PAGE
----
Cresp, Mary Some months ago while driving I heard an interview with writer Alan Moore on the radio and was so captured by his comments about trends in modern society that I had to pull over to the side of the road and stop to concentrate on what he was saying. I ordered his book, No Straight Lines, and found he presents an inspiring plea for a more human-centric world, more able organisations and more vibrant and equitable economies relevant to (...)
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  48. Matthias Fritsch & Jennifer Anna Gosetti-Ferencei (eds.) (2010). The Phenomenology of Religious Life. Indiana University Press.
    The Phenomenology of Religious Life presents the text of Heidegger’s important 1920–21 lectures on religion. The volume consists of the famous lecture course Introduction to the Phenomenology of Religion, a course on Augustine and Neoplatonism, and notes for a course on The Philosophical Foundations of Medieval Mysticism that was never delivered. Heidegger’s engagements with Aristotle, St. Paul, Augustine, and Luther give readers a sense of what phenomenology would come to mean in the mature expression of his thought. Heidegger (...)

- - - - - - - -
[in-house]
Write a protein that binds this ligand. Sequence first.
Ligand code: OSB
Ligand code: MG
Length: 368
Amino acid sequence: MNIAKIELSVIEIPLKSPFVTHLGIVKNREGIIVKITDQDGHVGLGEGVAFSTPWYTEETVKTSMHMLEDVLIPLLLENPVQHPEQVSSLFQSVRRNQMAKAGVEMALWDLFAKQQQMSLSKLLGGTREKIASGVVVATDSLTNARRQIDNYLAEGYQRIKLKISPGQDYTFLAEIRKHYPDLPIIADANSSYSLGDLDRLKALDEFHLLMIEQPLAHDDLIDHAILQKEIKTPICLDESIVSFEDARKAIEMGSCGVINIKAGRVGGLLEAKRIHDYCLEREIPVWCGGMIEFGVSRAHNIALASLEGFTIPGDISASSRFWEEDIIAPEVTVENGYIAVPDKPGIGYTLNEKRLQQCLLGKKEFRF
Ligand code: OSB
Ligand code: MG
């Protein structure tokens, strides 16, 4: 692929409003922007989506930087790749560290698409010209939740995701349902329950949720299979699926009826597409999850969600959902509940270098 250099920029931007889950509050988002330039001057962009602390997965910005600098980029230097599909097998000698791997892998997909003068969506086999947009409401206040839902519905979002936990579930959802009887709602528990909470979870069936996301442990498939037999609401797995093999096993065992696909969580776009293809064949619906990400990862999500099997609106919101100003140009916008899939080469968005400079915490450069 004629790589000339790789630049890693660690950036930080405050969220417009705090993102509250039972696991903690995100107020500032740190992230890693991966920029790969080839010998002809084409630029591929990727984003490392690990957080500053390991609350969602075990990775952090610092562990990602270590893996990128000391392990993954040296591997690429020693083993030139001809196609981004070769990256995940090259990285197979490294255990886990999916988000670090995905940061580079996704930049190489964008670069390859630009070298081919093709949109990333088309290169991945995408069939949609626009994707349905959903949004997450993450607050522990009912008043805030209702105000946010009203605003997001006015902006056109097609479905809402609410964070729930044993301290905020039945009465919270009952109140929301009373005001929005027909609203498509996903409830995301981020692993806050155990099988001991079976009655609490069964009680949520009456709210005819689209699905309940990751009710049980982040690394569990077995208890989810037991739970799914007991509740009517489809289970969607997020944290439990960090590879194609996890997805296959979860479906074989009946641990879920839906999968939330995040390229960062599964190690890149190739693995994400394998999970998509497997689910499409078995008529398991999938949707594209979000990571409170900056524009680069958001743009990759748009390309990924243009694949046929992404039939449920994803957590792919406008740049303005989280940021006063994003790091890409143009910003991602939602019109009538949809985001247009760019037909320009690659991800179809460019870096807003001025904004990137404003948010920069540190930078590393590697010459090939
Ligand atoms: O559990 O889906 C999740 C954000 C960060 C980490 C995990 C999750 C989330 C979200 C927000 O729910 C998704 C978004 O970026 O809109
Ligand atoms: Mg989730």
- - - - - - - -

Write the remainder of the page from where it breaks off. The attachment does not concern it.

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  49.  92
    R. D. Orr & L. B. Genesen (1997). Requests for "Inappropriate" Treatment Based on Religious Beliefs. Journal of Medical Ethics 23 (3):142-147.
    Requests by patients or their families for treatment which the patient's physician considers to be "inappropriate" are becoming more frequent than refusals of treatment which the physician considers appropriate. Such requests are often based on the patient's religious beliefs about the attributes of God (sovereignty, omnipotence), the attributes of persons (sanctity of life), or the individual's personal relationship with God (communication, commands, etc). We present four such cases and discuss some of the basic religious tenets of the (...)
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  50. Souran Mardini (2014). The Mission of Man. Murat Center.